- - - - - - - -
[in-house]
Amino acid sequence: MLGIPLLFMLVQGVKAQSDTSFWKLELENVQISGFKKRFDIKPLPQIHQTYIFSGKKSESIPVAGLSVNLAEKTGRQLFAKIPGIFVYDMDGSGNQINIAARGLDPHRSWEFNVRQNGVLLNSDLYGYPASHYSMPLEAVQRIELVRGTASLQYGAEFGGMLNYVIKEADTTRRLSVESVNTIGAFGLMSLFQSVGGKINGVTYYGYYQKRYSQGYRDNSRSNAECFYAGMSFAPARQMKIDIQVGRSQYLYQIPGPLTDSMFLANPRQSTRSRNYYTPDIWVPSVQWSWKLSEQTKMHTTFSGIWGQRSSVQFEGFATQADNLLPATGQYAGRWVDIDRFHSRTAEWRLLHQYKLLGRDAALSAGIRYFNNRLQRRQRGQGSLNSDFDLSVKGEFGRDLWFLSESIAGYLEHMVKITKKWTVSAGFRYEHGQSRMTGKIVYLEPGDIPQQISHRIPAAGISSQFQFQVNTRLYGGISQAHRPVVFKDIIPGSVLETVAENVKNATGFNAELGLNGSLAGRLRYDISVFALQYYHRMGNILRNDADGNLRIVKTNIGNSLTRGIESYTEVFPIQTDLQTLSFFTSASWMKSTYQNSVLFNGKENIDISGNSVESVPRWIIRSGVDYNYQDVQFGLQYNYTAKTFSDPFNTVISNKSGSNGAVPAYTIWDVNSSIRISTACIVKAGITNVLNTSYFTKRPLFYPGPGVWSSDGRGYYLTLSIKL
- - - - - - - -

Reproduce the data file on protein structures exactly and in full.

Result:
[in-house]
Amino acid sequence: MLGIPLLFMLVQGVKAQSDTSFWKLELENVQISGFKKRFDIKPLPQIHQTYIFSGKKSESIPVAGLSVNLAEKTGRQLFAKIPGIFVYDMDGSGNQINIAARGLDPHRSWEFNVRQNGVLLNSDLYGYPASHYSMPLEAVQRIELVRGTASLQYGAEFGGMLNYVIKEADTTRRLSVESVNTIGAFGLMSLFQSVGGKINGVTYYGYYQKRYSQGYRDNSRSNAECFYAGMSFAPARQMKIDIQVGRSQYLYQIPGPLTDSMFLANPRQSTRSRNYYTPDIWVPSVQWSWKLSEQTKMHTTFSGIWGQRSSVQFEGFATQADNLLPATGQYAGRWVDIDRFHSRTAEWRLLHQYKLLGRDAALSAGIRYFNNRLQRRQRGQGSLNSDFDLSVKGEFGRDLWFLSESIAGYLEHMVKITKKWTVSAGFRYEHGQSRMTGKIVYLEPGDIPQQISHRIPAAGISSQFQFQVNTRLYGGISQAHRPVVFKDIIPGSVLETVAENVKNATGFNAELGLNGSLAGRLRYDISVFALQYYHRMGNILRNDADGNLRIVKTNIGNSLTRGIESYTEVFPIQTDLQTLSFFTSASWMKSTYQNSVLFNGKENIDISGNSVESVPRWIIRSGVDYNYQDVQFGLQYNYTAKTFSDPFNTVISNKSGSNGAVPAYTIWDVNSSIRISTACIVKAGITNVLNTSYFTKRPLFYPGPGVWSSDGRGYYLTLSIKL